Succulent steaks

Jerusalem’s Red Heifer zealously maintains its American steakhouse pedigree

Steak at Jerusalem’s Red Heifer (photo credit: BUZZY GORDON)
Steak at Jerusalem’s Red Heifer
(photo credit: BUZZY GORDON)
As 2017 draws to a close, some of the Hebrewlanguage media have been taking a look back at the toll the year has taken on fine dining restaurants, and the news was not sanguine. Israelis have had to say goodbye to a number of top restaurants that have graced the gastronomic scene for as long as 25 years and as brief as a few months.
In this challenging environment, it is all the more remarkable, therefore, when a prominent restaurant prepares to celebrate a significant milestone of longevity. In the coming year, the Red Heifer steakhouse will celebrate its 18th anniversary in the nation’s capital, a culinary achievement worthy of note.
The Red Heifer’s formula for success is no secret. Its commitment to quality is written in black-andwhite at the top of its leather-bound menu: All beef is hormone and additive-free, and aged for a minimum of 28 days in the restaurant’s own facility. Its loyal customer base also appreciates the highest standard of mehadrin kashrut certification.
If any restaurant can be called an oleh hadash, then that was the Red Heifer in 2000. Its proprietor, Yossi Wuensch, comes from Miami Beach, and his brother manages a sister glatt kosher steakhouse in Manhattan, Wolf & Lamb. And, like most olim, the restaurant is proud of its heritage, while embracing some the best its adopted country has to offer.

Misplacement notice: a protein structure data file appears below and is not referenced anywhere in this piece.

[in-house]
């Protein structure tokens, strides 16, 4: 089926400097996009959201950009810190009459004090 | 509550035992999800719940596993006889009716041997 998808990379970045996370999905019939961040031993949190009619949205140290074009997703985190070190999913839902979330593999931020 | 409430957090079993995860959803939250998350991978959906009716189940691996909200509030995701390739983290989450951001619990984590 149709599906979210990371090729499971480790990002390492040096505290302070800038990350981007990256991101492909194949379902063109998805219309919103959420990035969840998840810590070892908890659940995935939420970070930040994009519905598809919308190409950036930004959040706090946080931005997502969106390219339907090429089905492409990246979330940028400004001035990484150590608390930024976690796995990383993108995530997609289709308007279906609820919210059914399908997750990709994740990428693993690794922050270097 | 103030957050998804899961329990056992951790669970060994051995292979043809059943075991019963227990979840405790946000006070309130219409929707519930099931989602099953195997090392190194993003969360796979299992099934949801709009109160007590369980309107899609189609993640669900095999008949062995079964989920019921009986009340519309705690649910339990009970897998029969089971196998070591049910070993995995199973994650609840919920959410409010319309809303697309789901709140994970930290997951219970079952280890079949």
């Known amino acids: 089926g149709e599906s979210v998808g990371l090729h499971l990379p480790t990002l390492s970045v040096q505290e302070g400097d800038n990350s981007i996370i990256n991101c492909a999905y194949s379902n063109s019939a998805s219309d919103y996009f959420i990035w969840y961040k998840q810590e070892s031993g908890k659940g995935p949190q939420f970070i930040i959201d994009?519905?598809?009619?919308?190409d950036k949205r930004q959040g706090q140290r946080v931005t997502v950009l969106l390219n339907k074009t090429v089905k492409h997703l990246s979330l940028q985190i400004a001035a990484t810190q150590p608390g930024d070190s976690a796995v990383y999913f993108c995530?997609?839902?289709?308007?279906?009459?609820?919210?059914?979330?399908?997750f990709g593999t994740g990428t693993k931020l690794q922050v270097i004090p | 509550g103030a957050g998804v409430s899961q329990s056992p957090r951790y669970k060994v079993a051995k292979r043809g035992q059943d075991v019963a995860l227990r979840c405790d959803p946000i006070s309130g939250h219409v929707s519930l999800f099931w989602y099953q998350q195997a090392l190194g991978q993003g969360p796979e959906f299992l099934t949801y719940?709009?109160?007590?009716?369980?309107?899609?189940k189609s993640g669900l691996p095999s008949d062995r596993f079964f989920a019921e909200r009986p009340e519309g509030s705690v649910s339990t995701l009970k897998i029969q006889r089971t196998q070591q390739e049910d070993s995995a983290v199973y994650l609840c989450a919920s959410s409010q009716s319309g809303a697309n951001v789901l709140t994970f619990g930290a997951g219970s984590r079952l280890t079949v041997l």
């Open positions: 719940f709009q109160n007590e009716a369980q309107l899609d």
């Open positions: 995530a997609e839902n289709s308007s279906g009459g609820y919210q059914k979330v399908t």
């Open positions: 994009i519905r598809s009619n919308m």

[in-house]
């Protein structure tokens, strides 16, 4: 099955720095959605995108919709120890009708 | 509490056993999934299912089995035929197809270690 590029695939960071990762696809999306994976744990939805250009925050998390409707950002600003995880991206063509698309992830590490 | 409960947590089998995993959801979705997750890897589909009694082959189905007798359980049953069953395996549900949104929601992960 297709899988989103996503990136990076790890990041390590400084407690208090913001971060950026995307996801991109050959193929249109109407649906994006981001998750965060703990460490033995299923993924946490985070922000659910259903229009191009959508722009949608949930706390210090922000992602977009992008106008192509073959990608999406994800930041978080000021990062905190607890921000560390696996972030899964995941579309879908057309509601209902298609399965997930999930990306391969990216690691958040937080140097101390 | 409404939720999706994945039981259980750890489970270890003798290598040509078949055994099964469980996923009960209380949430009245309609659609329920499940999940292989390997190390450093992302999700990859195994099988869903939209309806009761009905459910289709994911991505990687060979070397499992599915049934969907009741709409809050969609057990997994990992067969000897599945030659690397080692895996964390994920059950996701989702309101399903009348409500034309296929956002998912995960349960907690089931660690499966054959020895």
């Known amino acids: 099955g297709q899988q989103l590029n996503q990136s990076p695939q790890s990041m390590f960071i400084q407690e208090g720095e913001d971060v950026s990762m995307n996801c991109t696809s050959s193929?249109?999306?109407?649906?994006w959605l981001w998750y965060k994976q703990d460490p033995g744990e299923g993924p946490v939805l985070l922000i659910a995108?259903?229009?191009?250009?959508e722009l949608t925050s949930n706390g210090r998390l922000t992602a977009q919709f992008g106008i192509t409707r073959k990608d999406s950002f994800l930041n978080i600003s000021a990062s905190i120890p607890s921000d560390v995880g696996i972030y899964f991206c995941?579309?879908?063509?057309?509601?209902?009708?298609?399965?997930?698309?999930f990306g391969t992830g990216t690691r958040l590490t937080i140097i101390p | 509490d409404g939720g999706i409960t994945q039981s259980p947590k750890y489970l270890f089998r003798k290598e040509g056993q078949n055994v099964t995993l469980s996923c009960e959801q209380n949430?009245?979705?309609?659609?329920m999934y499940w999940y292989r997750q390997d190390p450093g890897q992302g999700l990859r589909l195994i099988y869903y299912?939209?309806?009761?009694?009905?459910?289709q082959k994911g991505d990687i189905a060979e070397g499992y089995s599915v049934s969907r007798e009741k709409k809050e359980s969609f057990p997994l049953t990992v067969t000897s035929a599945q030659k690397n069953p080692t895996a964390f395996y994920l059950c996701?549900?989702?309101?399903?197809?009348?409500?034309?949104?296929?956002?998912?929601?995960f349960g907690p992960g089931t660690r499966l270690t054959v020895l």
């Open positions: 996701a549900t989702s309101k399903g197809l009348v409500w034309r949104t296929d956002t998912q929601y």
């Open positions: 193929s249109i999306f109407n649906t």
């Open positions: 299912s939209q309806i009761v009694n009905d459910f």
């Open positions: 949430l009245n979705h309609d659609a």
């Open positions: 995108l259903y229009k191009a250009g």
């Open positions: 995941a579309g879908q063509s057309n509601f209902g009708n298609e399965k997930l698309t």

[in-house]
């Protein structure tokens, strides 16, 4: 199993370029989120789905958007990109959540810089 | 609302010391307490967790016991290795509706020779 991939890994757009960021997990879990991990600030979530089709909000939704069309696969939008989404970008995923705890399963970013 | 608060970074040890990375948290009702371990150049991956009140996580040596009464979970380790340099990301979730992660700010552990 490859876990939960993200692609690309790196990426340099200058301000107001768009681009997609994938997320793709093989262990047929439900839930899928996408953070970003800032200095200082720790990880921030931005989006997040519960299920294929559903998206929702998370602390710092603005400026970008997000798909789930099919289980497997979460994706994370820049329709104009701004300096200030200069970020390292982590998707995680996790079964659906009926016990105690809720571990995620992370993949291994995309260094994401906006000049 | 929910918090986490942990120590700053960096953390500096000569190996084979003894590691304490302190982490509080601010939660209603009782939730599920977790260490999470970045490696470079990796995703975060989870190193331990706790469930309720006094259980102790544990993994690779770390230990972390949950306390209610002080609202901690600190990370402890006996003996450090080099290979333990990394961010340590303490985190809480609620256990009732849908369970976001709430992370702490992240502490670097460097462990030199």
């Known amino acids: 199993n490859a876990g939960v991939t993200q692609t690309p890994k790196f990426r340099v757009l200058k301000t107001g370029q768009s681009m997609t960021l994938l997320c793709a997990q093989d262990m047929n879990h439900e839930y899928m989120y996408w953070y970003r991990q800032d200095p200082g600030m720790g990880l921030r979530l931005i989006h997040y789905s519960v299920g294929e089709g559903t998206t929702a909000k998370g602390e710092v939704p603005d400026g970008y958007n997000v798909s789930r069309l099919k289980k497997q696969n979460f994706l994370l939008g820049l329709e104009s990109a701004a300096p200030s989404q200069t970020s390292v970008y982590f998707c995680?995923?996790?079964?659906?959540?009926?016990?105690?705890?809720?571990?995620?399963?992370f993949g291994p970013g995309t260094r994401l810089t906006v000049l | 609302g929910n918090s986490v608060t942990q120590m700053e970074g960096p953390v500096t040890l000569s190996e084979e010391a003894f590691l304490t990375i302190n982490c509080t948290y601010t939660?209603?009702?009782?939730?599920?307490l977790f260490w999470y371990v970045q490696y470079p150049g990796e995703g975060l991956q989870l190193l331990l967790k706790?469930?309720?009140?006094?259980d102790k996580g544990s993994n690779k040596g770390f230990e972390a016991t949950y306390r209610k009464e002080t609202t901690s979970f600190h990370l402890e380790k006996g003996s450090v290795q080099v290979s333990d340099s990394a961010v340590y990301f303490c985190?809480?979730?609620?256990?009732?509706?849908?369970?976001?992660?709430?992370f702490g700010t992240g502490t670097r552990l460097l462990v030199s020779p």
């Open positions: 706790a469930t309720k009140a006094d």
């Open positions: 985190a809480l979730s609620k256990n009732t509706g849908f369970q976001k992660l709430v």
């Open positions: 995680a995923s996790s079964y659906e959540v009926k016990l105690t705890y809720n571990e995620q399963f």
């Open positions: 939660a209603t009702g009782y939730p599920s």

“One of our most popular dishes is the siniyeh,” Wuensch reveals, referring to a starter that I had not noticed on the menu before. The siniyeh (NIS 85) – ground beef in tehina, served in a skillet – is Middle Eastern in origin, although the Red Heifer version has some welcome Western touches: crispy potatoes and stewed cherry tomatoes.
But the siniyeh (and one similar dish, the grilled eggplant) is about as far as Wuensch is willing to go in modifying the menu to conform to local norms.
“I myself like hummus,” he says, “but I will not put it on the menu, lest people start to think this is another Israeli steakhouse. We are American, and that is part of what sets us apart.”
The other appetizers on the menu reinforce his point, notably the Texas wings and chicken tenders. We opted, however, for a special of the evening: seared entrecôte in a pomegranate reduction (NIS 85). The chewy morsels of prime beef were nicely enhanced by the touch of sweetness imparted by the syrupy fruit concentrate.
As our main course, we chose the intriguingly named Grand Butterfly (NIS 399) – 700 grams of boneless rib eye. When I told the waitress that we were obviously going to share a portion that size, she surprised us by commenting, “Some people like the challenge of eating the whole thing.”
In any event, the Grand Butterfly arrived with its giant wings already separated: two generous slabs of meat stacked one atop the other. As expected, they came precisely as ordered – a perfect medium-rare, rendering the thick steaks juicy and succulent.
As a side dish, we ordered the sweet potato (NIS 45) – roasted chunks that were flavorful and meaty, yet with interiors as soft as whipped.
With our meals, we each enjoyed a glass of the house wines (NIS 38): the Chateau Blanc white and Chateau Rouge red, both pleasant vintages from Carmel blended especially for restaurants.
In lieu of receiving a dessert menu, our waitress appeared with a plate of four desserts (NIS 48), two of which are served cold and two served warm. We settled on the two chocolate options, which also came in each of the temperatures. Both the Snickers bar – caramel and peanuts covered with chocolate ganache – and the warm cake smothered in a hot fudge sauce were rich creations sure to please any chocaholic.
The writer was a guest of the restaurant.
The Red Heifer Kosher (Mehadrin) 26 King David Street, Jerusalem Tel: (02) 624-0504